Regardless of whether you believe in volkswagon size fish or upright bipedal monsters, Tennessee has a lot to offer to anyone’s imagination. The Tennessee River, covering more than 650 miles in the south ranks at the top of most catfish & striper anglers “Bucket List”. The largest catfish ever recorded in Tennessee was well over 110 pounds and the largest Striper came in over 64 pounds. There are monster fish here and just waiting for you to lower a rope with a tantalizing piece of bait. Check out my guide service “Tennessee River Monsters” if your interested in you angling or just want to go out for a unforgettable boat ride. Lined with sycamores and silver maple trees, the Tennessee and Clinch rivers have such a diversity of wildlife to include bears, bald eagles and deer. Exploring these waters whether by canoe or boat provide some of the most breathtaking views in the world. Some of my greatest memories are days of floating down the Clinch river and watching bald eagles soaring overhead and deer as they wade the river while I teased a rainbow trout with my homemade fly. Many of the marinas such as Caney Creek Marine and Norris Lake Marina provide boat rentals for those who want to do “Do it yourself Trips”.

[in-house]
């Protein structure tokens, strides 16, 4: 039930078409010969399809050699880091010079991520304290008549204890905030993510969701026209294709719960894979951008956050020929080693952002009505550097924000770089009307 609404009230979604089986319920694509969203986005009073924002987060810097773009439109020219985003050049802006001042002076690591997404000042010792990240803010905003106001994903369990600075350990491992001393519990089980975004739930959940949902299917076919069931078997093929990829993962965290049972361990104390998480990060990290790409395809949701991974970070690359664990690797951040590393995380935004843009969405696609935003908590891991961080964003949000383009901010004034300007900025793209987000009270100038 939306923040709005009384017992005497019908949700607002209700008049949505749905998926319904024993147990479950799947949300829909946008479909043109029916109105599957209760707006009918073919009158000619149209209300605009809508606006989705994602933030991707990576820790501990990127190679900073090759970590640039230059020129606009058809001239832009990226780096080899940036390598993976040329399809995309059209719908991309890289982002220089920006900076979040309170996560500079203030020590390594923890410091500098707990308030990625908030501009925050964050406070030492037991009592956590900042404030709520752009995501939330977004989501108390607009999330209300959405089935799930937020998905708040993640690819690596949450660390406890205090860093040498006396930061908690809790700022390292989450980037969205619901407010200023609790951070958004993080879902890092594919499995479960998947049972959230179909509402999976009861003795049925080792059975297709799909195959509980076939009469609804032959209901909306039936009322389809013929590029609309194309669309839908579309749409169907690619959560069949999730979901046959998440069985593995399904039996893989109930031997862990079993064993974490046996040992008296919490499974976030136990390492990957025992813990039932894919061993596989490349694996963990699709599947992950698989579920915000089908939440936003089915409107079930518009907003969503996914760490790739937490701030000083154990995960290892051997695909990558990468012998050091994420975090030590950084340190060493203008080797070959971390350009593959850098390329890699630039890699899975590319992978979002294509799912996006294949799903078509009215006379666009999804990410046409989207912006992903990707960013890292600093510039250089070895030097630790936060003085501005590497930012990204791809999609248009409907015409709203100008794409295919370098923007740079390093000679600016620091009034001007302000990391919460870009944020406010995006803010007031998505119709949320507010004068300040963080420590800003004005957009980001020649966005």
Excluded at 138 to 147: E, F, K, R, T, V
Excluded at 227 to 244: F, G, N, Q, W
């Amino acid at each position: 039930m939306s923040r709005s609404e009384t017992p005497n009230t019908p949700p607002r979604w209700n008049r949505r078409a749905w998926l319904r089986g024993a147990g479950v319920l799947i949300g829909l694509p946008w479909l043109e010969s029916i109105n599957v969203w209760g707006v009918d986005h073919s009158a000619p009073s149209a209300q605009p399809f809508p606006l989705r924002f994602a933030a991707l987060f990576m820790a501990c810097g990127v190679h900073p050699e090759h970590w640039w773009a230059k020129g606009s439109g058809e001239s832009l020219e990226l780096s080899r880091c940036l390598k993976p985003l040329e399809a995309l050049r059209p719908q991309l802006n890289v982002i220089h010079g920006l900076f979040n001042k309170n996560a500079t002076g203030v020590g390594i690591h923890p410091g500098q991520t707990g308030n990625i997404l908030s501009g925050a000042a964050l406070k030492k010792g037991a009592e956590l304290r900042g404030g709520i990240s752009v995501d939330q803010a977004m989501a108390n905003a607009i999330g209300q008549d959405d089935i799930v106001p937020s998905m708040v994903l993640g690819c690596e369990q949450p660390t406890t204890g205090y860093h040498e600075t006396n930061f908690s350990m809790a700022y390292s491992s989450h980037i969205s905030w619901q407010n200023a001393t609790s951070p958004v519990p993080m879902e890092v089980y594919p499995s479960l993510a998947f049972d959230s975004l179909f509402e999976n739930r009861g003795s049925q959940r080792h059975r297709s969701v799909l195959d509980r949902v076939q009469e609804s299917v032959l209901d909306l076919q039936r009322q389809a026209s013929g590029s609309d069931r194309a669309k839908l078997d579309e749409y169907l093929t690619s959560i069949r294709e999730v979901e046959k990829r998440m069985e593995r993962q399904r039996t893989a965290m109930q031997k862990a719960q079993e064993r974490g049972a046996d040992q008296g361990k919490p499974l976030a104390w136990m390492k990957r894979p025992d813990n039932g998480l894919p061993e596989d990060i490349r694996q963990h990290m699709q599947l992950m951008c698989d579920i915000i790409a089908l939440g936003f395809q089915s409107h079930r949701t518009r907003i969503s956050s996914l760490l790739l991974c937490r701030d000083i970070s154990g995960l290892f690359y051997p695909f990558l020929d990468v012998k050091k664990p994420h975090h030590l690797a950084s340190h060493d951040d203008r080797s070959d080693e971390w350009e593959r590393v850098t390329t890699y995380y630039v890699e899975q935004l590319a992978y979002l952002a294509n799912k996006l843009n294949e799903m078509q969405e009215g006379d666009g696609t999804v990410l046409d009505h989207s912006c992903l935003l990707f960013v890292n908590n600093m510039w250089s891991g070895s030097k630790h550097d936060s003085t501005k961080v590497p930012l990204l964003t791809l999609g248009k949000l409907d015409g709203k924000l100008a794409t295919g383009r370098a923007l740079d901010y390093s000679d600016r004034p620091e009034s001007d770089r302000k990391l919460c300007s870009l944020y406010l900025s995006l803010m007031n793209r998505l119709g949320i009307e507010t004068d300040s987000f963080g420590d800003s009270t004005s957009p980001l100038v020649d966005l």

Each year thousands of people come here to fish or to take a vacation from all over the world. There is so many different things to do while in Tennessee from historical landmarks to theme parks. The Great Smokey Mountain National Park straddles the border of North Carolina and Tennessee. The breath-taking landscape encompasses millions of acres of forests and an abundance of wildflowers that bloom year-round. I have spent countless hours hiking the trails and taking photos of bear and deer in Cades Cove. Pack your picnic basket and enjoy numerous hiking trails and waterfalls throughout the park. The Museum of Appalachia, located in Norris, Tennessee, is a living history museum that interprets the pioneer and early 20th-century period of the Southern Appalachian region of the United States. My first job out of high school was with the museum as a sheep shearer. To this day; sheep shearing continues to be a mainstay of the annual October festival.